Royal College of Dental Surgeons launches investigation into Christy Natsis
Pembroke dentist Dr. Christy Natsis leaves the Elgin Street courthouse in Ottawa through a side door Friday, May 29, 2015 after she was convicted of impaired and dangerous driving, both causing death, in the March 2011 crash that killed Bryan Casey.
Prominent Pembroke dentist Christy Natsis could have her dental licence revoked following convictions for impaired and dangerous driving causing death, Ontario’s Royal College of Dental Surgeons said Tuesday.
“Any criminal conviction, even unrelated to the practice of dentistry, is considered to be an act of professional misconduct,” said Irwin Fefergard, registrar for the governing body that regulates dentists in Ontario. “Before the end of the day, I will order an investigation.”
Fefergrad said an investigation is required to gather the material needed for a disciplinary hearing where Natsis could potentially face disciplinary sanctions ranging from having her right to practise dentistry suspended for up to five years or her license revoked entirely.
Natsis, 50, was found guilty last week of impaired and dangerous driving causing the death of father of three Bryan Casey in a head-on crash on Highway 17 near Arnprior on March 31, 2011. The guilty verdict followed a marathon trial that heard evidence that Natsis backed into a parked car after ordering two glasses of wine at a Kanata bar before swerving and speeding down the highway.
Breath samples later showed Natsis’s blood alcohol level was nearly 2 1/2 times the legal limit to drive, but that evidence was excluded by a judge because the OPP violated Natsis’s rights to a lawyer.
The status of her dentistry license might be the least of her worries right now: typically, convictions for impaired driving causing death carry prison sentences of between two and five years.
Fefergrad said a dentist convicted of impaired driving causing death would raise serious concerns for members of the disciplinary committee. The college has dealt with members who have been convicted of crimes before, Fefergrad added, “but nothing of that magnitude.”
“Questions would come up about judgment, about impairment, about possible substance abuse. There’s a whole ethical consideration,” said Fefergrad. It doesn’t matter whether the criminal offence is related to their dental practise, he added.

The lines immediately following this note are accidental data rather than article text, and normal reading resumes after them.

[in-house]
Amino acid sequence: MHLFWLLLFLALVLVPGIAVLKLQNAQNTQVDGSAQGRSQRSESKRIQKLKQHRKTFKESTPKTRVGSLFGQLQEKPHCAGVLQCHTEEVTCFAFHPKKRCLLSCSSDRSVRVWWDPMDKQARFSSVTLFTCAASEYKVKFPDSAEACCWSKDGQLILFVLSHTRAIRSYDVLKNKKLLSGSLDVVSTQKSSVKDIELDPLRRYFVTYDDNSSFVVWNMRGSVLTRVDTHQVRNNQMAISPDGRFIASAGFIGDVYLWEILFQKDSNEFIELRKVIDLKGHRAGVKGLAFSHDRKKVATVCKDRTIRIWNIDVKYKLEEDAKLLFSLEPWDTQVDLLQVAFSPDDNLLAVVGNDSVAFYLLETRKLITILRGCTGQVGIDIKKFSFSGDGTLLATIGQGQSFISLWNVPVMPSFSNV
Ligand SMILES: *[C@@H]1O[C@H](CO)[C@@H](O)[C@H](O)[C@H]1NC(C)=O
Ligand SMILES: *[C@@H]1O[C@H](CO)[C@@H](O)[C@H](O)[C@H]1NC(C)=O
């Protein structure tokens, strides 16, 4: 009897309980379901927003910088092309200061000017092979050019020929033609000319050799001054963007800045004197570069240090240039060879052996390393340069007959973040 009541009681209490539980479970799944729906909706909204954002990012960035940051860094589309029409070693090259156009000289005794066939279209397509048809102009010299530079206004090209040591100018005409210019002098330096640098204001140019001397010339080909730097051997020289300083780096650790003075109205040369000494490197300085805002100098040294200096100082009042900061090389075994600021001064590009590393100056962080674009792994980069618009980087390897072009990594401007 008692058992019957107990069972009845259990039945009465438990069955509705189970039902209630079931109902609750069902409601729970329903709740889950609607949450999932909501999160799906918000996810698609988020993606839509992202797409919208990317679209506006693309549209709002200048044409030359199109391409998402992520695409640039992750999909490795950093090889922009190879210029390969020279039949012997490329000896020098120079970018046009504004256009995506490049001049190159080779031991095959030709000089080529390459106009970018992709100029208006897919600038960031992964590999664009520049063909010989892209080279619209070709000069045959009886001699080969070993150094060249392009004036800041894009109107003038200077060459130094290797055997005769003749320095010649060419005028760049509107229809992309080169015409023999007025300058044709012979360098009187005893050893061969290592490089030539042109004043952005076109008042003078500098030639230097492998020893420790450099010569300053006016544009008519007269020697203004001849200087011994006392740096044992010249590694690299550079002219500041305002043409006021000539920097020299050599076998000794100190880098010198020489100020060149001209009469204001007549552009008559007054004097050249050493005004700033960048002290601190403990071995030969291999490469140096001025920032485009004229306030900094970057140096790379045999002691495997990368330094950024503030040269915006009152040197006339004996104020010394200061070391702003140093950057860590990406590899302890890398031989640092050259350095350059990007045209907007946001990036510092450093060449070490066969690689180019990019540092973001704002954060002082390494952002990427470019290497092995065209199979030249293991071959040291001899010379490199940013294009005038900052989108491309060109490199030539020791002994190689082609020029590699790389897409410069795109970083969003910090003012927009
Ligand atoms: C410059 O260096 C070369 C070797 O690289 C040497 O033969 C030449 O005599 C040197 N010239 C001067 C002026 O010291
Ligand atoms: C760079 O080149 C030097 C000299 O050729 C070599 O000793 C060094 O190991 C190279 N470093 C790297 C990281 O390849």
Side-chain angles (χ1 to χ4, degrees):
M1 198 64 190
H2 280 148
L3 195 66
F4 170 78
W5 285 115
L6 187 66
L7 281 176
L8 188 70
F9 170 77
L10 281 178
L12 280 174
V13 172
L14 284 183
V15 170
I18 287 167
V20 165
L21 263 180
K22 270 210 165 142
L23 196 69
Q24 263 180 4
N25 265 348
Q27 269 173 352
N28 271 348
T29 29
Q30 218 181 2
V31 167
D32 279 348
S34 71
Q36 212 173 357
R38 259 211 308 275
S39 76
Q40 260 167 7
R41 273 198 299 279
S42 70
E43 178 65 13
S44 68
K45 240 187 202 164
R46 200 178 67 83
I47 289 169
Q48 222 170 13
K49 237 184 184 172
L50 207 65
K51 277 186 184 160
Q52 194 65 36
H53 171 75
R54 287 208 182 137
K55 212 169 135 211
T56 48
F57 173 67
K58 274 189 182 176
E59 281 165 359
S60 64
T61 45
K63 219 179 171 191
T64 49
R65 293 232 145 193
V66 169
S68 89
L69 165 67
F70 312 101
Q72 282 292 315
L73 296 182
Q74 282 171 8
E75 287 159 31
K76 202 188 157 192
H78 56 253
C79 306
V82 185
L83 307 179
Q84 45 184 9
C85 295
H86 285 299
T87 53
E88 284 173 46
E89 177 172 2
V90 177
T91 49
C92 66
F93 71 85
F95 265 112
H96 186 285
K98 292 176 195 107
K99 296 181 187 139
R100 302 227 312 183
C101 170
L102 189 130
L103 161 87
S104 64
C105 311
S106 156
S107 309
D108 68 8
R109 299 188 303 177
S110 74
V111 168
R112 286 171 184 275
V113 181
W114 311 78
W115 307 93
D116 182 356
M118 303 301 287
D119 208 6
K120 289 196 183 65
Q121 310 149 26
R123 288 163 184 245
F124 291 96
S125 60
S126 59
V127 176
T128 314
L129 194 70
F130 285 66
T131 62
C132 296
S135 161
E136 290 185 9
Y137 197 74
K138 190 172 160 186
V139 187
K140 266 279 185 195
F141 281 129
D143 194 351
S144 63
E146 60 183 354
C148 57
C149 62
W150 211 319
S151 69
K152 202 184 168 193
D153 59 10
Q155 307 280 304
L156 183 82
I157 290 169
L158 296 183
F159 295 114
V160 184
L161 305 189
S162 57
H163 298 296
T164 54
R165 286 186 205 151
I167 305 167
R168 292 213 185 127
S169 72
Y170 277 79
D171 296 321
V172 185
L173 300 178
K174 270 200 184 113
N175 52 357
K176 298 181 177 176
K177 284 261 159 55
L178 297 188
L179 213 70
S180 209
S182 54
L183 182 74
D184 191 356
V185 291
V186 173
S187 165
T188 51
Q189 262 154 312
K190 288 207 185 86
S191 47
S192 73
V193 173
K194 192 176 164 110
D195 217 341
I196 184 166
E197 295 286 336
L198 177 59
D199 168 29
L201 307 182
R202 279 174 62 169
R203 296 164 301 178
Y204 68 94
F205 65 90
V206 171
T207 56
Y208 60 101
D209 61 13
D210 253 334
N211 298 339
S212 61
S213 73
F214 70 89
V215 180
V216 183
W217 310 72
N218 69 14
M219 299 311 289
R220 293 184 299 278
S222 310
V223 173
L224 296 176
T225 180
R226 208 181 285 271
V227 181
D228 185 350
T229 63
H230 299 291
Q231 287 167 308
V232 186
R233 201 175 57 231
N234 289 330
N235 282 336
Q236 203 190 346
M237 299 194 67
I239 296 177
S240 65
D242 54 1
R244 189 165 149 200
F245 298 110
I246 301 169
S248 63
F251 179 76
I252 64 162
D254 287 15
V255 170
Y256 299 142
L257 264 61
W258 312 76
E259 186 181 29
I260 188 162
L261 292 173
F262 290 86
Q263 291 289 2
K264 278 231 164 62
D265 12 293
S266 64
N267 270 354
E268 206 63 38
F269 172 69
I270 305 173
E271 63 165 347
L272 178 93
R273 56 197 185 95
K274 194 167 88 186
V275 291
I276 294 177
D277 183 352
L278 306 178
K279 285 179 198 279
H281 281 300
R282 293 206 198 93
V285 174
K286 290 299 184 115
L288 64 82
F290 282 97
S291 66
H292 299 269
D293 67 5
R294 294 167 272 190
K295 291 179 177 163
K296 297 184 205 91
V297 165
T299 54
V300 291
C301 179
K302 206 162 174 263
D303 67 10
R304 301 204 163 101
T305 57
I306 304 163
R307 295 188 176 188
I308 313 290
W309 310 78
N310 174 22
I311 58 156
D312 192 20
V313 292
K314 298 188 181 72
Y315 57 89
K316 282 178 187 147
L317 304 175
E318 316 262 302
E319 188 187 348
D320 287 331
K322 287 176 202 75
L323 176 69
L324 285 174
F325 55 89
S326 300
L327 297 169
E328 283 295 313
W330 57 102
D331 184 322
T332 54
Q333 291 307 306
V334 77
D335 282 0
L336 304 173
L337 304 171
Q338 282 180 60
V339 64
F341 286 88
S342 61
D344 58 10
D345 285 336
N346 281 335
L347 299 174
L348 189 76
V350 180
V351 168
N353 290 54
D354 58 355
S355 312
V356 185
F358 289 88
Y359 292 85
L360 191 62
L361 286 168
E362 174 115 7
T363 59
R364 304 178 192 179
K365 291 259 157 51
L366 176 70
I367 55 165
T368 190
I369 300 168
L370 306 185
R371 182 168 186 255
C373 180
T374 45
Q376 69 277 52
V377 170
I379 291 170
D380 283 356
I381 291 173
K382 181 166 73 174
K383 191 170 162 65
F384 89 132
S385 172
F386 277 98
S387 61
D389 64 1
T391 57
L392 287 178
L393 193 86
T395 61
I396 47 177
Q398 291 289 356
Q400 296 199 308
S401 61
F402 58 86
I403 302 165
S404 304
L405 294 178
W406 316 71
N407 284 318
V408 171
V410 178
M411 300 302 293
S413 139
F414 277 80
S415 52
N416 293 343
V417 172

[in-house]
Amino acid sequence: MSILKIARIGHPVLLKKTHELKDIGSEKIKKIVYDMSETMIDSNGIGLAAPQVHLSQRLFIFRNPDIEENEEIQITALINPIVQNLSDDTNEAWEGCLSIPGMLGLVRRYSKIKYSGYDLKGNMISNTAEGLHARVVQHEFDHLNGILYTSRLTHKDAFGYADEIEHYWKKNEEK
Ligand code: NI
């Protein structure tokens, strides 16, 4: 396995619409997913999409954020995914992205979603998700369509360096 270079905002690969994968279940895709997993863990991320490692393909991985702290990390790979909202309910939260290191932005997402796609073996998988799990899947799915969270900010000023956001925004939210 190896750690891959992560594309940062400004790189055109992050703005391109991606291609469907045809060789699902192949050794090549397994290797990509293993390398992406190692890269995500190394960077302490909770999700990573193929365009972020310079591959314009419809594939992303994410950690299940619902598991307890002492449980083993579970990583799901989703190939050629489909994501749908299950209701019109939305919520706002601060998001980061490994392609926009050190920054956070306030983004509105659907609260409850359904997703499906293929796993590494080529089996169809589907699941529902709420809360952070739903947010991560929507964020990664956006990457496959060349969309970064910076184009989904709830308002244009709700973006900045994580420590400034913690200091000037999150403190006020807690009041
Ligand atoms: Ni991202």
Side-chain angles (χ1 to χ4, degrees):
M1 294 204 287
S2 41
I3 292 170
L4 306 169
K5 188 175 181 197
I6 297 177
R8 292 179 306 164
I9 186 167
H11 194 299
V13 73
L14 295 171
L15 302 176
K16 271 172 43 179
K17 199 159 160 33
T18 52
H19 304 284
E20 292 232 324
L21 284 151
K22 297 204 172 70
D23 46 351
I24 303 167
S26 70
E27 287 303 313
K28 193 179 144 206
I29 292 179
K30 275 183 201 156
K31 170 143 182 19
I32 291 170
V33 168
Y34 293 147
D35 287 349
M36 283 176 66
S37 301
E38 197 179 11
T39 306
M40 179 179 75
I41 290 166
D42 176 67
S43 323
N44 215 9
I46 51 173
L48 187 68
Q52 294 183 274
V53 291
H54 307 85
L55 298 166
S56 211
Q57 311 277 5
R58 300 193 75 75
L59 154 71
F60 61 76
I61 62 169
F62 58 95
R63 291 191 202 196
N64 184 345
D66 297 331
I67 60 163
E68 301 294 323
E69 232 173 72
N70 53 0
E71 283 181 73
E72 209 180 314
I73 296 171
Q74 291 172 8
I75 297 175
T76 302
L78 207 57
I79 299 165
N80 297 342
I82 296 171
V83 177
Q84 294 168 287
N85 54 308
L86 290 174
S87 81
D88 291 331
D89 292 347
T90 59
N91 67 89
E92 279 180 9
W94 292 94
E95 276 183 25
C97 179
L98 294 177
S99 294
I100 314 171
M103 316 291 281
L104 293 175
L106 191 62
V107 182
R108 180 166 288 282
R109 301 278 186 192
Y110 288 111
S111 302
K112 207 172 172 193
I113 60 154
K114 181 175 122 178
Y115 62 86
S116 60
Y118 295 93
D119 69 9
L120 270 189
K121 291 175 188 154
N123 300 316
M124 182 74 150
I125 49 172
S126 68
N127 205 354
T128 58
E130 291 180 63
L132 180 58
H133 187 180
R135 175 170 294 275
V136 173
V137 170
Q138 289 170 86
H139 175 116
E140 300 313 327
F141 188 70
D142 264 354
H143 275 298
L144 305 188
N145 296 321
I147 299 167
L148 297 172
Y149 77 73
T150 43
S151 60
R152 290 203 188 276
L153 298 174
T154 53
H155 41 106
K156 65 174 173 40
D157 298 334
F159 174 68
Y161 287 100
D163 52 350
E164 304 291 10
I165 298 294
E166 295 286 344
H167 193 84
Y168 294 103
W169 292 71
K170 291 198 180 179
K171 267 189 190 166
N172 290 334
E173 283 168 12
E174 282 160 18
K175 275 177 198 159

“Our panel won’t silo out a criminal conviction from the practise of dentistry per se. They won’t say, ‘It has nothing to do with the practise of dentistry, so what? This person killed somebody while drunk, (but) it didn’t happen between 9 and 5 during office hours, so who cares?’ They will not do that,” said Fefergrad.
Fefergrad said there are no limitations on Natsis’s continuing to practice dentistry until the completion of the investigation and a referral to a disciplinary committee. An interim suspension could be ordered pending a disciplinary hearing, but that rarely happens, Fefergrad said.
Natsis’s lawyer, Michael Edelson, said Tuesday his client intends to continue operating her dental practice pending her sentencing. No date has been set for a sentencing hearing, although it is expected to take eight to 12 weeks before a pre-sentence report outlining Natsis’s personal circumstances and background is prepared for the court.
Edelson said Natsis has yet to decide whether she will appeal the verdict. An appeal typically isn’t filed until after sentencing. Natsis would have 30 days to file any appeal, and would likely be released on bail pending an appeal court ruling.
Edelson declined to comment on the judge’s findings.
If Natsis’s licence to practise is revoked, she would not be eligible to apply for reinstatement for a year or more, Fefergrad said. However, Fefergrad said he is unaware of any case where a member has had his or her license revoked and been allowed to return to practise.
“The facts are, somebody got killed because someone was driving while impaired,” said Fefergrad. “That would have a huge influence on what the committee would do.”